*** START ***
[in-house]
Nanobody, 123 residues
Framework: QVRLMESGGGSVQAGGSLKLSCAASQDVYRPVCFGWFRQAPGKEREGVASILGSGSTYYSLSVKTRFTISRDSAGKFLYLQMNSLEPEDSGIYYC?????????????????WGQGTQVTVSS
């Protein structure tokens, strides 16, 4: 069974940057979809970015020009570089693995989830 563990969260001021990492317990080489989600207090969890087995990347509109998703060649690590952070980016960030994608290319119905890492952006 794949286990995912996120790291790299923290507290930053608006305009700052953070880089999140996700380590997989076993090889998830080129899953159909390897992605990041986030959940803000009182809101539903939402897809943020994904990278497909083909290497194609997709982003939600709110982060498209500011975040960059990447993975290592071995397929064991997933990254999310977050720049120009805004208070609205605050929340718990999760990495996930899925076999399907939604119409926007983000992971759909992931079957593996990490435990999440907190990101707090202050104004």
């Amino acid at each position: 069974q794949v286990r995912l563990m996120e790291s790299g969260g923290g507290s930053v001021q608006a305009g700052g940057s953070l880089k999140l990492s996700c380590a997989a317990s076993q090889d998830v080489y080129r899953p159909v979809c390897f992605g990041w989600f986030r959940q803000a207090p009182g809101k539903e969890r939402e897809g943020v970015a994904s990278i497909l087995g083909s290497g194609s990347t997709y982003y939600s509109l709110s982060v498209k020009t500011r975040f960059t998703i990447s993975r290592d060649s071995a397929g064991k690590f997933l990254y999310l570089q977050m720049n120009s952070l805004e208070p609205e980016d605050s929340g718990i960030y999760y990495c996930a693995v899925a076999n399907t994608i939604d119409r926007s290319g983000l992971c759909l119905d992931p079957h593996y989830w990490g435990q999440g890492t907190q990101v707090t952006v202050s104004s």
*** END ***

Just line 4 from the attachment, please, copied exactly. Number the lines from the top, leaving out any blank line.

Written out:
């Protein structure tokens, strides 16, 4: 069974940057979809970015020009570089693995989830 563990969260001021990492317990080489989600207090969890087995990347509109998703060649690590952070980016960030994608290319119905890492952006 794949286990995912996120790291790299923290507290930053608006305009700052953070880089999140996700380590997989076993090889998830080129899953159909390897992605990041986030959940803000009182809101539903939402897809943020994904990278497909083909290497194609997709982003939600709110982060498209500011975040960059990447993975290592071995397929064991997933990254999310977050720049120009805004208070609205605050929340718990999760990495996930899925076999399907939604119409926007983000992971759909992931079957593996990490435990999440907190990101707090202050104004």